Last month, on 27 February, following a ‘charm offensive’ aimed at European leaders, Prime Minister Rishi Sunak triumphantly proclaimed a new UK-EU agreement relating to trading relations in the North of Ireland.
The so-called ‘Windsor Framework’ amends the existing Northern Ireland Protocol. Trade barriers and borders in the Irish Sea are set to be eliminated (or so Sunak claims). A ‘green lane’ is to be established to help smooth the flow of goods from Great Britain destined for sale in the North of Ireland. And medicines, chilled meats, and pets will be able to move more freely between the two.
At the same time, the Northern Ireland Assembly will be given powers to slow down the implementation of new EU rules that would potentially apply to the territory – a mechanism dubbed the ‘Stormont brake’.
‘Breakthrough’ or break-up?
Speaking at a joint press conference to announce the deal, Rishi Sunak and Ursula von der Leyen, the President of the European Commission, hinted that this ‘breakthrough’ in negotiations could herald an era of warmer relations between Britain and Europe.
Without a hint of irony, Sunak hailed the North of Ireland’s “unbelievably special position…in having privileged access, not just to the UK home market, which is enormous, but also the European Union single market.” What a claim from a man who hailed the wonders of leaving the single market back in 2016!
Brexiteer Tories, meanwhile, were fairly mute in response to the renegotiated protocol. Headbangers in the notorious European Research Group of Conservative backbenchers remarked that they would be going through the proposals with a fine-tooth comb. But other influential Tory figures in the Brexit camp, such as Steve Baker and David Davis, struck a more supportive tone.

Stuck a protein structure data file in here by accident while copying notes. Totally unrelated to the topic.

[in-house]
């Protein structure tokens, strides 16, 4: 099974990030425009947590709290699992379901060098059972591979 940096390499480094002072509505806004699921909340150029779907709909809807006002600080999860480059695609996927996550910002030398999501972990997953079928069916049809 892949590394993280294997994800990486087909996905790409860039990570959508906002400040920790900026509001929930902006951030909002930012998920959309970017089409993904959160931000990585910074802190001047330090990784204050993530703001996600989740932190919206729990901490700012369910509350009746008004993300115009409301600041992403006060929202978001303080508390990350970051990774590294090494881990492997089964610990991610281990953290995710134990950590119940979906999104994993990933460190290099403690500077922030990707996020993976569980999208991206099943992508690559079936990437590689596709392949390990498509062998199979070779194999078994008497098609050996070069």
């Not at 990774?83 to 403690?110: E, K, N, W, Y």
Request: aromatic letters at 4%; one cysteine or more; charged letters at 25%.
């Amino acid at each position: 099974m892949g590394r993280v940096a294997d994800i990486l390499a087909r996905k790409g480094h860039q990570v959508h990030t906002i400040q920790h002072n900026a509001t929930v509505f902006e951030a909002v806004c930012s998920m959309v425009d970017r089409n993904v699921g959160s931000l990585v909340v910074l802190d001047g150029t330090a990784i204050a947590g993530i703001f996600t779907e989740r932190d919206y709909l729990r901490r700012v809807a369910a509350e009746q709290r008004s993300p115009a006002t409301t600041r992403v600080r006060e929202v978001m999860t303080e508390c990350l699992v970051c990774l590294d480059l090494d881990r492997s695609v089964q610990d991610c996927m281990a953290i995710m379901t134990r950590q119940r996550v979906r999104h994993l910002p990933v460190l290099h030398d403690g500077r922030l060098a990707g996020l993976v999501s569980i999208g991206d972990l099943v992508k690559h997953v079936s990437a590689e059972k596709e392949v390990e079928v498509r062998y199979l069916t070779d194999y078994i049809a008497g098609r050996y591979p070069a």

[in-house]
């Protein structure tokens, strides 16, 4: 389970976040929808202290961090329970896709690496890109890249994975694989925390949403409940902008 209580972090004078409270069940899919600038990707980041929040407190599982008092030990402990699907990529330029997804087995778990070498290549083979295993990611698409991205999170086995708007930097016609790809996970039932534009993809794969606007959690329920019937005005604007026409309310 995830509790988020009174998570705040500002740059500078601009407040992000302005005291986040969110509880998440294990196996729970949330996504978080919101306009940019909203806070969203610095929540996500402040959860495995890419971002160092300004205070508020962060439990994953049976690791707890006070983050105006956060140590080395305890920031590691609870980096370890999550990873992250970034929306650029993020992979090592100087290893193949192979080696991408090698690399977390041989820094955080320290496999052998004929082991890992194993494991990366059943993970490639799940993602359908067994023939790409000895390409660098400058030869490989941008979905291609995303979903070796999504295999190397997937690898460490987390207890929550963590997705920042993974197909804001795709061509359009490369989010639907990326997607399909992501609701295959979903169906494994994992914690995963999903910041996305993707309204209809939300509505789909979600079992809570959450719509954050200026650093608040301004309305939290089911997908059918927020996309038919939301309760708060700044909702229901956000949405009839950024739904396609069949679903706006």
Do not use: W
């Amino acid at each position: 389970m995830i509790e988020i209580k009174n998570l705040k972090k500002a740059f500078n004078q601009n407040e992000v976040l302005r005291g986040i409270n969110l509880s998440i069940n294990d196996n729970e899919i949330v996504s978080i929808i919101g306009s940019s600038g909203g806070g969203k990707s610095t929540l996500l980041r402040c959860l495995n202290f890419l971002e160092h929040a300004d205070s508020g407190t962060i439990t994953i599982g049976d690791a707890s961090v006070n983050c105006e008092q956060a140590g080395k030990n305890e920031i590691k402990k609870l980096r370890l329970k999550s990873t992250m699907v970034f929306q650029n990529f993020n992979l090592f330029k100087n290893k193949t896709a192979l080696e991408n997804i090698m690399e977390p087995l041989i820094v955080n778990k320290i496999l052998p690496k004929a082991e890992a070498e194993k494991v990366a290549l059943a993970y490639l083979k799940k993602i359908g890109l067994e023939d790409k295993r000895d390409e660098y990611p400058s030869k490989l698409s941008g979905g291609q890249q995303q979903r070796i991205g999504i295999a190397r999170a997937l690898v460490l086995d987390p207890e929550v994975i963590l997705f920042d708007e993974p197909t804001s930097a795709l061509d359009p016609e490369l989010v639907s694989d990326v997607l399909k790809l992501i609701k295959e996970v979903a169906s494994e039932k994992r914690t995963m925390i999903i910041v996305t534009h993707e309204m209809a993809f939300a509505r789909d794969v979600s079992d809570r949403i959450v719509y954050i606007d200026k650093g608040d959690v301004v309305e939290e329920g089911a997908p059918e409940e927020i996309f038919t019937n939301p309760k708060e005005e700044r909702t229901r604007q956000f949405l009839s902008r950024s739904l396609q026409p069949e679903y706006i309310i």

Similarly, tied down by renewed attention over his partygate shenanigans, Boris Johnson has failed to mobilise any serious rebellion against Sunak’s plans for the North of Ireland. With the Tories languishing in the polls, unruly MPs have been less inclined to mutiny of late, for fear of exacerbating the party’s slump.
Schrodinger’s trade deal
The establishment’s optimism could quickly evaporate, however. The PM’s deal may be good for sausages and sausage-dogs, but Unionists will not be so easily pleased.
DUP leader Sir Jeffrey Donaldson has stated that he and his party will be examining the details of the full legal text. In actual fact, they are nervously waiting to see which way the wind blows. And already, alarm bells are ringing over suggestions that the European Court of Justice will retain its influence and role regarding trade laws – a red rag to a bull for Unionists and Brexiteers alike.
Like Schrodinger’s infamous cat, the proposed changes attempt to square a circle by placing the North of Ireland in two regulatory states at once. But ultimately reality must assert itself. And sooner-or-later, a case will arise that forces politicians and judges to peer inside the box to ascertain the truth – no doubt revealing that the cat had in fact been dead all along.
Despite Sunak’s claims to the contrary, for example, the new agreement will continue to mean customs checks at the Irish Sea border.
Don’t count your chickens…
Above all, the DUP are feeling the heat back home. The Frankenstein’s monster of Loyalist sectarianism remains alive and kicking. There are already grumbles that the sea border remains. And the threat of violence from Unionist ultras hangs in the air like a volatile vapour, ready to ignite at any moment.